CRIMINAL AND STATE SPONSORED HACKERS are starting to collaborate to create ways to steal data, according to RSA executive chairman Arthur Coviello.
During a conference at RSA Europe 2012 on Tuesday, Coviello claimed that the company has already seen evidence that criminals are not only learning from attacks like Flame and Gauss, but are working with the state sponsors behind such attacks.
"Criminals are starting to cooperate with nation states," said Coviello. "We're seeing criminals adopting the [Advanced Persistant Threat (APT)] techniques of the nation state."
The collaboration stems from the emergence of common goals between criminals and state hacker teams.
This is reportedly due to the vast amounts of data being stolen by criminals during cyber raids that cannot be sold using their traditional moneymaking practices.
"The criminals themselves have a big data problem," said Coviello.
This means that the criminals now have a motive to share their resources with state actors, who might find the data useful, leading to a tit for tat relationship between the two types of hacker.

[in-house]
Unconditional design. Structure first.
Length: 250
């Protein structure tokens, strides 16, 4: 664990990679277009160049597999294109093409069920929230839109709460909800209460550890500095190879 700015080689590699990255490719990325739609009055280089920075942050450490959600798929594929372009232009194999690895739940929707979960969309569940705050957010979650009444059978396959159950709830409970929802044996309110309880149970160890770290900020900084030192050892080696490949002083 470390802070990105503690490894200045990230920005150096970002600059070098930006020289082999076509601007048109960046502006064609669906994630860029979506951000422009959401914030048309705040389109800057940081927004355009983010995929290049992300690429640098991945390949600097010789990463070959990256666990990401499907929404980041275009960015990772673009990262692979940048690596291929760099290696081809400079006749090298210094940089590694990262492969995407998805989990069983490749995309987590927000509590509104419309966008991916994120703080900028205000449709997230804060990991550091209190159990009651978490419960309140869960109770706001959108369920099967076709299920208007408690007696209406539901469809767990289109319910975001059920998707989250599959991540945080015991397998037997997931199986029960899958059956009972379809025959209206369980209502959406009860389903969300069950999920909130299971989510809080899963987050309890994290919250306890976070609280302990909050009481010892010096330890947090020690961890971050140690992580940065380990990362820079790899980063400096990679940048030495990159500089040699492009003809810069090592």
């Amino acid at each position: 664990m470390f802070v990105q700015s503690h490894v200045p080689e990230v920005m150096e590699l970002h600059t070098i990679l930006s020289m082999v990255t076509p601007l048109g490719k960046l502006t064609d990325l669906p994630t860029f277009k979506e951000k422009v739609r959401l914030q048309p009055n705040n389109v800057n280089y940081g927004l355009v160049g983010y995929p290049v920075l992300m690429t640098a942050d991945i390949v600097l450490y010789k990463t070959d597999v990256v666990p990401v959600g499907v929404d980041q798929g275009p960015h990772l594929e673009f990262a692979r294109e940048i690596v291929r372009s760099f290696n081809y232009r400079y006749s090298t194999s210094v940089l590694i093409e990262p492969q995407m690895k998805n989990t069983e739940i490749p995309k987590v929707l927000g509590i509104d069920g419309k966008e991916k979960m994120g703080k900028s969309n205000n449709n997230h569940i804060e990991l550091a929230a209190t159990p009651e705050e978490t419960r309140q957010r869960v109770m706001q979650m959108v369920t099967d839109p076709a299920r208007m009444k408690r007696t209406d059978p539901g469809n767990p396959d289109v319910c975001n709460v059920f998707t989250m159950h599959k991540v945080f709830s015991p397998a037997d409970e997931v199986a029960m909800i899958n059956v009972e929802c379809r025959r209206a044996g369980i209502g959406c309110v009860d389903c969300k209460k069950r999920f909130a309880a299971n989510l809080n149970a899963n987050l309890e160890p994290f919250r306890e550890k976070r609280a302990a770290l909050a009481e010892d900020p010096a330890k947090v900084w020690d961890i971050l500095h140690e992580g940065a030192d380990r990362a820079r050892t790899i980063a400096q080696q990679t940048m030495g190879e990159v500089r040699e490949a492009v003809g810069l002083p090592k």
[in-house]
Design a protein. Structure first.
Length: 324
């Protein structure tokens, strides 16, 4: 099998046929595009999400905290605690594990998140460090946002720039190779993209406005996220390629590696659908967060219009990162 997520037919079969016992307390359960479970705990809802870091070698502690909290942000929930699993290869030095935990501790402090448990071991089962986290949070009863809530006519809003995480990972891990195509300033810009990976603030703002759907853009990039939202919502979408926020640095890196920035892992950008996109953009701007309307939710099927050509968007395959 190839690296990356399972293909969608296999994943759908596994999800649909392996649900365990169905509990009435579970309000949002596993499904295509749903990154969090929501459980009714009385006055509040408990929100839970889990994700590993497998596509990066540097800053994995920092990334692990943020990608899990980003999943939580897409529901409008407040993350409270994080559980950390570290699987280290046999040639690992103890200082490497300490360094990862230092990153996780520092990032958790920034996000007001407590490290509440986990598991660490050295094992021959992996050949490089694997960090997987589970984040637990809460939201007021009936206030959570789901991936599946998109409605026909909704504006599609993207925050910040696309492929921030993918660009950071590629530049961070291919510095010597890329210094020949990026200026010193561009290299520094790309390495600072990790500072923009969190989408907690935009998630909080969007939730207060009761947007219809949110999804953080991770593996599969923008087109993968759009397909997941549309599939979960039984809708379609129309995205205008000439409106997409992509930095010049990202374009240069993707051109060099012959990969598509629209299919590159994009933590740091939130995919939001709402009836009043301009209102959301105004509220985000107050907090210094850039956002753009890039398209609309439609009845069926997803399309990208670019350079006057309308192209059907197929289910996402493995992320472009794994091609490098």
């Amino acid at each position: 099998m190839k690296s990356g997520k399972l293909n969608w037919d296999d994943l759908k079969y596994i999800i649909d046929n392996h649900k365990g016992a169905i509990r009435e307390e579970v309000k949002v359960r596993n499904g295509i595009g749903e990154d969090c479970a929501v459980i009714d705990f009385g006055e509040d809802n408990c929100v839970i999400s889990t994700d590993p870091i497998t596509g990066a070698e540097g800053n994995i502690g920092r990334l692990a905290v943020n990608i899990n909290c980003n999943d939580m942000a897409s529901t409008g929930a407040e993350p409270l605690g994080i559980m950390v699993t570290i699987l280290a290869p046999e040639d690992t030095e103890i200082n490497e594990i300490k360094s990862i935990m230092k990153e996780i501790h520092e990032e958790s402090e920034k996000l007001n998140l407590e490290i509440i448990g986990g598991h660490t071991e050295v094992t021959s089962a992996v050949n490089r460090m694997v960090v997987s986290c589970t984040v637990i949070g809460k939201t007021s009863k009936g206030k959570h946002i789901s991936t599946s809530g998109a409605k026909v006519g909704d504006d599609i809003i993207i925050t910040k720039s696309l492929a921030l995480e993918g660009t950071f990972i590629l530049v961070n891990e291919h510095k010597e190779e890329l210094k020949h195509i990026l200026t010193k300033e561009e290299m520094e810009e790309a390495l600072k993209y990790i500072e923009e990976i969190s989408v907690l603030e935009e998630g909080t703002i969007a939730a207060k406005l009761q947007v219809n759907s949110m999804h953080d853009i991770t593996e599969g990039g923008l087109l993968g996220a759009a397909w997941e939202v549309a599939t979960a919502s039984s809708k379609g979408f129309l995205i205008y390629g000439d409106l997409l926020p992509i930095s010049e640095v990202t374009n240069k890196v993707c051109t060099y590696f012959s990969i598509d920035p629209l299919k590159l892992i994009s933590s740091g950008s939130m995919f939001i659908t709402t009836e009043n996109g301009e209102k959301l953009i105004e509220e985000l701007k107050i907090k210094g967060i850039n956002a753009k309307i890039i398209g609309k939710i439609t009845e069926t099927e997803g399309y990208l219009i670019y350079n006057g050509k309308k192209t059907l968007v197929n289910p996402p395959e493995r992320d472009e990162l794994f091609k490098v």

"The nation states are now starting to sell their sophisticated APT attacks to the criminals," warned Coviello. "These are the kinds of chilling things that are starting to go on."
Coviello's comments follow on from similar warnings from F-Secure security analyst Sean Sullivan, who prophesied earlier in September it would only be a matter of time before cyber criminals began learning from advanced threats like Flame.
The RSA executive chairman claimed that the situation is being made worse by the fact that most business are struggling to recruit security experts.
"We face a severe skills shortage," said Coviello.
"That skill shortage is real and we see that time and time again. Most companies are not that mature when it comes to security as they don't have the skill set required."
Prior to the press conference Coviello had called for education reforms within the security industry, claiming that a number of conflicting privacy laws are hampering companies' abilities to protect their data. µ
This article was originally published on V3.
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